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Belonging in East Berlin by Neita Geilker

In June of 1987, Don and I traveled by an East German night train from Cologne, West Germany, through East Germany, heading to West (and East) Berlin. The East German police photographed us, took our passports, and, supported by dogs, even waked us in the night to confirm our identity.

In West Berlin, we spent several hours just walking along the Wall, reading the troubling and often beautiful graffiti, and observing the frequent guard stations atop the wall, situated so that each East German guard was visible to the one on either side and poised to shoot if any “inappropriate” behavior occurred either on the ground or the Wall.

And we particularly noticed for sale signs on the property of several large churches. When we used the underground train system, we discovered that it bypassed each stop where it had once entered East Berlin, and barriers were in place to prevent passage. However, East and West Berliners could meet on both sides of a barrier to talk, and West Berliners could pass packages through to family and friends. Apart from these striking exceptions, West Berlin was fascinating: lively and colorful.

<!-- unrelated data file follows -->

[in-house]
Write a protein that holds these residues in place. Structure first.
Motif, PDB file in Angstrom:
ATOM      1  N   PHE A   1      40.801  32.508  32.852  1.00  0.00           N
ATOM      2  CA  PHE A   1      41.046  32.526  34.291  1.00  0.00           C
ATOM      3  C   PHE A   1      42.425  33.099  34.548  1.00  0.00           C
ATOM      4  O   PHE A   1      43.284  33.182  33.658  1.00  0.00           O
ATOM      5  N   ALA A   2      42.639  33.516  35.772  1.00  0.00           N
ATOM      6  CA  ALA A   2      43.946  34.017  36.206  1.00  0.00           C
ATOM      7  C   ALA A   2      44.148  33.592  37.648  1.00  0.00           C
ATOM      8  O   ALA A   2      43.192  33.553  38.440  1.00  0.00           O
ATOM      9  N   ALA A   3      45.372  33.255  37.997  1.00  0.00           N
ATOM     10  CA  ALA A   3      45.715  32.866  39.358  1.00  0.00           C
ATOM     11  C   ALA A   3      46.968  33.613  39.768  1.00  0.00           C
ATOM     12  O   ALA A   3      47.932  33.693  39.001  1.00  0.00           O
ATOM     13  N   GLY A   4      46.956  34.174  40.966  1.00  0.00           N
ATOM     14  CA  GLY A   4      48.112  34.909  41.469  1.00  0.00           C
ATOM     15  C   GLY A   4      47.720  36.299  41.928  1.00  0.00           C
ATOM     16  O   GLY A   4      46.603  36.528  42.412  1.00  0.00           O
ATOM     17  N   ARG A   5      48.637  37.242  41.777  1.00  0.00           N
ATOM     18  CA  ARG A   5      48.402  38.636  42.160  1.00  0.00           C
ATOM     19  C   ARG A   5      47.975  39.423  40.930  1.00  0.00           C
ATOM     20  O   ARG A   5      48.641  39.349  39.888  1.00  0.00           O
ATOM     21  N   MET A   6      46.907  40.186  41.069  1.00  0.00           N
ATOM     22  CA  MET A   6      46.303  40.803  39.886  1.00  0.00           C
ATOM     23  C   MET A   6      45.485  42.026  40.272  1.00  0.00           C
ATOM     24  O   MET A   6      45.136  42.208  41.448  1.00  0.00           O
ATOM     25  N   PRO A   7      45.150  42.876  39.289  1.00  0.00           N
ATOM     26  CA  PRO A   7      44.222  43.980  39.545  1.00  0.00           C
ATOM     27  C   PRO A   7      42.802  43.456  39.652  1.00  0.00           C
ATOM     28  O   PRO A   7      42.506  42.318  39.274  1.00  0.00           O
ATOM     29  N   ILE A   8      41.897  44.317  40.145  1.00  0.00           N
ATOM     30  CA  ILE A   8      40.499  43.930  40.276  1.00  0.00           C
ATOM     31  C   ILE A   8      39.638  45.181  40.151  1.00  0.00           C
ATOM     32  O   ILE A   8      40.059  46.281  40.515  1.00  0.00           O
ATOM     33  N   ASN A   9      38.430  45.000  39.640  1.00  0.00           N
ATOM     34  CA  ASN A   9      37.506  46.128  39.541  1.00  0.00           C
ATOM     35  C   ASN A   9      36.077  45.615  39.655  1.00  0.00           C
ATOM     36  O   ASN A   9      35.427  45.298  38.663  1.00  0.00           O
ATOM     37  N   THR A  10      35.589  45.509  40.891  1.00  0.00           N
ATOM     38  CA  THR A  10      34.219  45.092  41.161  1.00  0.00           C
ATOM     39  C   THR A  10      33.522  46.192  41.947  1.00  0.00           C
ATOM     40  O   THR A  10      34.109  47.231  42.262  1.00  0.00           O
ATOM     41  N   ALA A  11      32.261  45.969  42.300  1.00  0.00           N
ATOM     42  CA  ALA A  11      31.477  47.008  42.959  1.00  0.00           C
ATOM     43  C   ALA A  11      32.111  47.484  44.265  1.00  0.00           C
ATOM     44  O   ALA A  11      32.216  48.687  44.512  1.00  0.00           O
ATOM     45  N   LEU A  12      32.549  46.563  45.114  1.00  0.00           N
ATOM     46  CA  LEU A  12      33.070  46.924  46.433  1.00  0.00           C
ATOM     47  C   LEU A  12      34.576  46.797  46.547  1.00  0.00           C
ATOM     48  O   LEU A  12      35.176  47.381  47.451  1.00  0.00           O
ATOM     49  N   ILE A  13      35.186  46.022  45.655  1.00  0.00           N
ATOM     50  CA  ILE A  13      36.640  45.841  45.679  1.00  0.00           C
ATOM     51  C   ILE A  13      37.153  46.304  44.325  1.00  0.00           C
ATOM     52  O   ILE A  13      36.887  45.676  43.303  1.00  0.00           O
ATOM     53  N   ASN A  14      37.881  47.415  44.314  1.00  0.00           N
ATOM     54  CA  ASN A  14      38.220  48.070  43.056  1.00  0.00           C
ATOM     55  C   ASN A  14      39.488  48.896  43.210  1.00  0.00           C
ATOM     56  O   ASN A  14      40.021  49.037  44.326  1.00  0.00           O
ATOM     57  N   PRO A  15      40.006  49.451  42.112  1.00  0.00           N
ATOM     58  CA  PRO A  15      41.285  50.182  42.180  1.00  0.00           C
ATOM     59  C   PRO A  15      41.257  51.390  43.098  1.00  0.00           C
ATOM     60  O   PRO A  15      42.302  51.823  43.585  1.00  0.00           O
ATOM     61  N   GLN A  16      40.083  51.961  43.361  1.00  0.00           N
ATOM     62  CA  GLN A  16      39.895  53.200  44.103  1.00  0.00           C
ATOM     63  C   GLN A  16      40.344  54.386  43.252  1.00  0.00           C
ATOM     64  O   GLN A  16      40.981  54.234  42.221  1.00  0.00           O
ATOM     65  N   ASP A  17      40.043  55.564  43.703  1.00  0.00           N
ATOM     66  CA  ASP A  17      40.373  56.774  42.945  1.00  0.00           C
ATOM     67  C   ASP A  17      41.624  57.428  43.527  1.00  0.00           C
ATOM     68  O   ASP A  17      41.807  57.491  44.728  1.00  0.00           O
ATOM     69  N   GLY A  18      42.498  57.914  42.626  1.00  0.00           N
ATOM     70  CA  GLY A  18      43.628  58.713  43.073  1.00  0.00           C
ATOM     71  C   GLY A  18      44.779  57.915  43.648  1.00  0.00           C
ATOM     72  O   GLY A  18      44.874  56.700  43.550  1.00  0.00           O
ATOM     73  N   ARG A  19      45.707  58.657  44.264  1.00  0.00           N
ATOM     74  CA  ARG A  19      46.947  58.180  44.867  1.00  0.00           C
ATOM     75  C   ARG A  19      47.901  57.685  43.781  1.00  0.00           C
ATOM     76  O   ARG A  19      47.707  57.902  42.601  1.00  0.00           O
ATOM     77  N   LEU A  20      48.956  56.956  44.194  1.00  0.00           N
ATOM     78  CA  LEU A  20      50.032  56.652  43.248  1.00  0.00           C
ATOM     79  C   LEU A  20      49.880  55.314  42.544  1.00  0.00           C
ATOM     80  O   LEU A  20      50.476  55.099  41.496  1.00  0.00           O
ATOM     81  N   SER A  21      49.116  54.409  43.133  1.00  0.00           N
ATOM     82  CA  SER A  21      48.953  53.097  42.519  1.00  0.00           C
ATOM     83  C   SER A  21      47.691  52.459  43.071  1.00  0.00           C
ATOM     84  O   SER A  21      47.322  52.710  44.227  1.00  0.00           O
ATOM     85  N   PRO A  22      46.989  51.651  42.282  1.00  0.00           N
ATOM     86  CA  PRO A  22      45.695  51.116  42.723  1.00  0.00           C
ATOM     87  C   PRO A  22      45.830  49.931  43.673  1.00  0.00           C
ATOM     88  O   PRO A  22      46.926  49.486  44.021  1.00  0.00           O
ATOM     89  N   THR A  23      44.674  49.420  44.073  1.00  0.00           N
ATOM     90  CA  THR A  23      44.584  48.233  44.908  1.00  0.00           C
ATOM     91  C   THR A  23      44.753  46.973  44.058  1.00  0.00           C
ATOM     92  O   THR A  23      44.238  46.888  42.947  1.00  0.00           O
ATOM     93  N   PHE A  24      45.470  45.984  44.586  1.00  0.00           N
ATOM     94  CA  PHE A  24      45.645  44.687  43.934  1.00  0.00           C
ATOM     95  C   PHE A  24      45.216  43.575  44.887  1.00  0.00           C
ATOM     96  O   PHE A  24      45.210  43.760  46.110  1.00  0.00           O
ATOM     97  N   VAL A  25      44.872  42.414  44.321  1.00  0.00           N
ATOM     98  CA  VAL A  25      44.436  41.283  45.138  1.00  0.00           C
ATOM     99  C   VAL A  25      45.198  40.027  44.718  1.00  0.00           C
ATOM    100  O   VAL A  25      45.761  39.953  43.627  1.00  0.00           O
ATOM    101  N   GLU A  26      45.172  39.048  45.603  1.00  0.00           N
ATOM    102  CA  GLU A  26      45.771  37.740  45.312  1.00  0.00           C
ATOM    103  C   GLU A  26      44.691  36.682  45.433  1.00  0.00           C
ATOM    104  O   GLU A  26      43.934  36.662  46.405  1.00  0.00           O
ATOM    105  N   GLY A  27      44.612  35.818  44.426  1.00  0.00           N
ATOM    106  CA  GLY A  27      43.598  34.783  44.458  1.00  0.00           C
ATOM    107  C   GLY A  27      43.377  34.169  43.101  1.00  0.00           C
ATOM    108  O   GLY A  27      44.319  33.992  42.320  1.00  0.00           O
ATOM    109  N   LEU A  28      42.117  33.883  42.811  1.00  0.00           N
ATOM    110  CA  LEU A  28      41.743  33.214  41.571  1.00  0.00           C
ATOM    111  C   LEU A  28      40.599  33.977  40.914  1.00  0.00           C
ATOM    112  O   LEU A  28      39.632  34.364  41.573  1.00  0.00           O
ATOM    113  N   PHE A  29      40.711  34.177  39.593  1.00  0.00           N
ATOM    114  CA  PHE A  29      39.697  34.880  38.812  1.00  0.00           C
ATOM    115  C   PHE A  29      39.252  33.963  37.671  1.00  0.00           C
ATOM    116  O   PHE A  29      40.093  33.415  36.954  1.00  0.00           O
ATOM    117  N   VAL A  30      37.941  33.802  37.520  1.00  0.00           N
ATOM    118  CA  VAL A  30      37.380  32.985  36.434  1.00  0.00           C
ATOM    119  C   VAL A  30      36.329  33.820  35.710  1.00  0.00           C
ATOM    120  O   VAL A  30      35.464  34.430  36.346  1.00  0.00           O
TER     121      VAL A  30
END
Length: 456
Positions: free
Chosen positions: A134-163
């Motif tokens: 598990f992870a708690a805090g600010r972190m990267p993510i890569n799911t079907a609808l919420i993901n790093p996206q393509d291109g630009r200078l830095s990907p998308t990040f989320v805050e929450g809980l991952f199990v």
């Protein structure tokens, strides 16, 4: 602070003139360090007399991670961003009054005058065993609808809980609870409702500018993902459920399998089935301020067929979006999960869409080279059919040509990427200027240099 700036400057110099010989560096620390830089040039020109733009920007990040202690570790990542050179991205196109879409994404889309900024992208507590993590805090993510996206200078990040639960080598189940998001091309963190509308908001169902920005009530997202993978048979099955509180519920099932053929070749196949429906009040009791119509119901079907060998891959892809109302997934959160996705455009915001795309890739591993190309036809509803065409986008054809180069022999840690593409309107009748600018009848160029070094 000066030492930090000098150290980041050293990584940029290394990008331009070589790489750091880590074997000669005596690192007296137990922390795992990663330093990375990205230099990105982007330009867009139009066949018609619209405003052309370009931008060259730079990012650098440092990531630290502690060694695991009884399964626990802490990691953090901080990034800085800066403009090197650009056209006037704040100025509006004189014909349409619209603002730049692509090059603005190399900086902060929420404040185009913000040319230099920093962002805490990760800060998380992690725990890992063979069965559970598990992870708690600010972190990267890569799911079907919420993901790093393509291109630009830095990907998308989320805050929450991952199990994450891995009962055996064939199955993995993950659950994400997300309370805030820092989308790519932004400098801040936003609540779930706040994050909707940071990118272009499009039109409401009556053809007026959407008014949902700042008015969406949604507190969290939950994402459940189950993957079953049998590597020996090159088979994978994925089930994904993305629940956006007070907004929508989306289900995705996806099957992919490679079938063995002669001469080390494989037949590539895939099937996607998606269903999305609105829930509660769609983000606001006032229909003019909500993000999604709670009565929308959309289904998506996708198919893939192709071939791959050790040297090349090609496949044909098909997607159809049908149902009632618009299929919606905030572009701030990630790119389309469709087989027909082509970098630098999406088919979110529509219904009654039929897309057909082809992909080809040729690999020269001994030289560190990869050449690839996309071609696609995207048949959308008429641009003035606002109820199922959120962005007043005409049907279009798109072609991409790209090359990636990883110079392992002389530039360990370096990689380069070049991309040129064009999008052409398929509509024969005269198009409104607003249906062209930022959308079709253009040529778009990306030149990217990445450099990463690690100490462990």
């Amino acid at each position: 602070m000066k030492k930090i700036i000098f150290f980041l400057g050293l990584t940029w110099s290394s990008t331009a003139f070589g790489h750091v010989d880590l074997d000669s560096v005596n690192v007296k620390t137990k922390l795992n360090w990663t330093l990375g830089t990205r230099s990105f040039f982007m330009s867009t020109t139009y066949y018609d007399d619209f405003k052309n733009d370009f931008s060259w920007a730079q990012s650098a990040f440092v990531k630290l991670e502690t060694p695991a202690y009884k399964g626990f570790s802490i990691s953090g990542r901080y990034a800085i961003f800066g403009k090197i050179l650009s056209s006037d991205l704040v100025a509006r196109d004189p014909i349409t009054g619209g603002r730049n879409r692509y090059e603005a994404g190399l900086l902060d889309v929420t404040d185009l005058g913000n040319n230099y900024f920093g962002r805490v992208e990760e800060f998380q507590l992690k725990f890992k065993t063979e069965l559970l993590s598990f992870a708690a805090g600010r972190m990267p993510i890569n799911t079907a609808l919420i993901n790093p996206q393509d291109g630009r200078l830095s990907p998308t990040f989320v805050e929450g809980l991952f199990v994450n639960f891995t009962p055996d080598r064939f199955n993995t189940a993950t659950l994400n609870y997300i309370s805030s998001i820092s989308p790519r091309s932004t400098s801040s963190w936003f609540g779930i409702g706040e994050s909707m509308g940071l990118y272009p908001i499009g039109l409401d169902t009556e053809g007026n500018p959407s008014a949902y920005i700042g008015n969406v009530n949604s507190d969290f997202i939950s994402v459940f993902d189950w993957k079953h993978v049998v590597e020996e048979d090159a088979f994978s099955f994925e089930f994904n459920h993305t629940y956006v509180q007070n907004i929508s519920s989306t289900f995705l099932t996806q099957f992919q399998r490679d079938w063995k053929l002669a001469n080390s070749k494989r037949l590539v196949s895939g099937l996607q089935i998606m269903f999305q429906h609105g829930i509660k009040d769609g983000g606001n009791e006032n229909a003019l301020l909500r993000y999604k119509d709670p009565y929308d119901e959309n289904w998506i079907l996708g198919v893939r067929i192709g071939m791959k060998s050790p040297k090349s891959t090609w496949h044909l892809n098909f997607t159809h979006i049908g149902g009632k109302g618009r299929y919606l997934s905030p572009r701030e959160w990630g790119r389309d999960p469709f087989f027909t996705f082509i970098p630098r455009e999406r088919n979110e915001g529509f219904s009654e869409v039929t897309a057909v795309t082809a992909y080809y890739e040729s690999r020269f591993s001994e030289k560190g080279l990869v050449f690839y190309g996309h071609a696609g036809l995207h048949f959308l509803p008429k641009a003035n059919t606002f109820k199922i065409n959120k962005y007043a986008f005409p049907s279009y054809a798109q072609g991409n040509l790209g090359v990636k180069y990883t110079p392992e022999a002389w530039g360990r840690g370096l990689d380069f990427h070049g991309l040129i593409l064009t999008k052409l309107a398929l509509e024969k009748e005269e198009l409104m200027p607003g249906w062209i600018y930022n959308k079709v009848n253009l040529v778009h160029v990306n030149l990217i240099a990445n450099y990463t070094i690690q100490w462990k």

On a Saturday, we entered East Berlin through Checkpoint Charlie. According to a pronouncement Hitler had made a quarter of a century earlier, Berlin was celebrating its 500thh birthday (timed to precede the Protestant Reformation by just a few decades), and the guards were ordered to “be nice.” Having exchanged a prescribed number of East German marks, we entered without difficulty. We enjoyed visiting several sites but were most impressed and amazed at the evidence of religious activity.

We discovered that it was the weekend for a conference of ecumenical churches from all over Europe, and we met some very welcoming folk, one of whom gave me a scarf like they all were wearing, which I still treasure. The words around the scarf say, “And I will be with you always. Evangelical Churches’ Day, ‘87, Berlin.” We were in front of St. Hedwig Cathedral just in time to observe an astonishing sight: leaders of the conference were standing together on the large portico, having concluded a high-level session. They were wearing their ecclesiastical attire—red Cardinal robes, Greek Orthodox robes, and many other religious designations. The crowd greeted them warmly.


We also discovered a music service at Marienkirche and marveled at full occupancy. There, we participated with other Christians singing Martin Luther’s “A Mighty Fortress Is Our God”— each in his own tongue!